A “universe of securities” simply refers to any grouping of securities that shares a common feature. Dividing your portfolio into universes (or considering your whole portfolio one universe) can help with analysis and asset allocation.
In simple terms, a universe of securities is any set of securities that shares a common feature or features.
Because there’s no set definition of “universe” in investing, you can make this category as broad or narrow as you’d like. The only “qualifier” is that the assets have enough in common to count as a single category.
As a result, analysts and investors often define their own universes for analytical, speculation, or allocation purposes.
The entire investment universe contains all possible tradable assets: stocks, bonds, real estate, commodities, cryptos, forex, trusts and so on.
However, it’s rare for investors to invest in every asset conceivable. Generally, investors define their broader universe of securities as the securities within their portfolio, and then subdivide into smaller universes from there. There are literally dozens of ways to dissect investments this way, such as by:
As you can see, each universe can contain multiple sub-universes, allowing investors, analysts and fund managers to segregate assets minutely. For example, an investor may consider bond universes based on time to maturity, dividends paid or issuing entity.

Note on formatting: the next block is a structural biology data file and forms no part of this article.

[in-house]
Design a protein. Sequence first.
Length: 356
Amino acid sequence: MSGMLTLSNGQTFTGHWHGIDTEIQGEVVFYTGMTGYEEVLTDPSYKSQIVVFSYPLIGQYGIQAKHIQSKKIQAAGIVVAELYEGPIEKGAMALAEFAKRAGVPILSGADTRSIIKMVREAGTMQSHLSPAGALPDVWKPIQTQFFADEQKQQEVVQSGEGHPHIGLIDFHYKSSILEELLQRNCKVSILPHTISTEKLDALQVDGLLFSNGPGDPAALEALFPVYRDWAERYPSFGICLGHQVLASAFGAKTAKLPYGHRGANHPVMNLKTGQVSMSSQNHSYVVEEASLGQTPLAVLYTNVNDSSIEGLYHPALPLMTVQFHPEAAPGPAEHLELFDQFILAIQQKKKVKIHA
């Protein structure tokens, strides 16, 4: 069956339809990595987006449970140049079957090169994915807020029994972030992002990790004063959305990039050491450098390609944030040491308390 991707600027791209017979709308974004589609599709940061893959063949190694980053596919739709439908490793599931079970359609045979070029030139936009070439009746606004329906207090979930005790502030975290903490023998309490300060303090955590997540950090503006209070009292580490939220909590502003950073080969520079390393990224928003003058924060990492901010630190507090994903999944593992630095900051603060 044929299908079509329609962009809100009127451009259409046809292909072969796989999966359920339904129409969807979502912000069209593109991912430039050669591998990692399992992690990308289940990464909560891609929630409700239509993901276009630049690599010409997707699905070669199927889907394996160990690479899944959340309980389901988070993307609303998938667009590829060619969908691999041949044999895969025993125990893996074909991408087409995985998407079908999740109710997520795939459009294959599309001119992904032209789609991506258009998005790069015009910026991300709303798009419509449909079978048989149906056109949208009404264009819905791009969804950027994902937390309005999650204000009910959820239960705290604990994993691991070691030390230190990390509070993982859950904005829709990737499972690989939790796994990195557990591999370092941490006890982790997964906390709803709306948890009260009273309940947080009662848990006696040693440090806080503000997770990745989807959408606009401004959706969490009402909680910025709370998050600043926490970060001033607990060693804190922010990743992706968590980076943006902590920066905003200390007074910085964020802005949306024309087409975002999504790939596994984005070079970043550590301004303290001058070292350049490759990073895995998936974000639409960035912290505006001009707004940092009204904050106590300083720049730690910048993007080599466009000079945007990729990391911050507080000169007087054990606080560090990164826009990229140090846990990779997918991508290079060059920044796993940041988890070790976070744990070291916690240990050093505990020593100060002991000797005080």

And oftentimes, specific indices form the backbone of a universe of securities. Consider the S&P 500 Index, the Nasdaq Composite or the Dow Jones Industrial Index. Of course, you can also consider smaller or less well-known indices like the Russell 3000.
Investment managers, analysts and investors use their universes in different ways.
Fund managers may specify their universe’s parameters before putting together an ETF or mutual fund. When the fund strays from its mandated universe, it’s said to experience “style drift.”
Analysts rely on universes to backtest various strategies, which helps them narrow down testing parameters.
Meanwhile, investors consider universes when allocating assets within their personal portfolios. They may choose from any of the universe parameters mentioned above or define their own. One common theme for most investors is that each sub-universe comprises a different risk-reward profile to introduce diversification into their portfolio.
For example, more conservative investors may prefer fixed-income securities to produce income in their portfolio. These assets typically carry a lower risk of loss than other investable assets.
On the other hand, investors who are willing to stomach extra risk may focus on the entire universe of equities – or even seek trades in high-risk, high-reward markets like forex or futures.
You can build your own universe of securities to suit your investment style, risk tolerance and long-term goals. In the process, you’ll want to focus on the asset allocation and diversification profile that makes your portfolio great.
From there, you can divide your universe into smaller segments for analysis purposes – or let a super-smart AI do it for you.
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